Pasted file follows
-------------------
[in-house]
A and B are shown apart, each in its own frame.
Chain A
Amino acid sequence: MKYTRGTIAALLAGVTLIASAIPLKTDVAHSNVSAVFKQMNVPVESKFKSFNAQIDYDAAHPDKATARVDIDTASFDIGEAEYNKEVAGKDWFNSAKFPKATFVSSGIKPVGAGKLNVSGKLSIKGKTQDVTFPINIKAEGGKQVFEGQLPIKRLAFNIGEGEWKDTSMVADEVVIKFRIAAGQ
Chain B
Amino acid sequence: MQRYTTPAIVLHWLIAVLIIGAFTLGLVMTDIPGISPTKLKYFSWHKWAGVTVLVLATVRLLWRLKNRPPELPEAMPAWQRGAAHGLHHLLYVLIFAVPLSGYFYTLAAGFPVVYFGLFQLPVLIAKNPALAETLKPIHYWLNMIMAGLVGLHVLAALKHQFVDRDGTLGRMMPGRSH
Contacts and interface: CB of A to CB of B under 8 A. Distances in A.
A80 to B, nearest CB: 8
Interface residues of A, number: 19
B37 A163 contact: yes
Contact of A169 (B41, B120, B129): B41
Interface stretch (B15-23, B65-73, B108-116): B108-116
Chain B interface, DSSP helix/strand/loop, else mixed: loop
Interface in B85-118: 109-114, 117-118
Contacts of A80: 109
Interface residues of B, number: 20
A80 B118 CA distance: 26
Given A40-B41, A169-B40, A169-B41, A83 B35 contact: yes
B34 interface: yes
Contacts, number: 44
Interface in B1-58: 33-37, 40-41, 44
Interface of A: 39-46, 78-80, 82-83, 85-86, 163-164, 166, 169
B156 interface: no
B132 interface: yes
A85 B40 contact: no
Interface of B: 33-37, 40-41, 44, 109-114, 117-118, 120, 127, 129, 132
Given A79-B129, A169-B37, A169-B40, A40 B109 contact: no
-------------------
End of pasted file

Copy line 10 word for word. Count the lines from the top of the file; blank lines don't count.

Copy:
B37 A163 contact: yes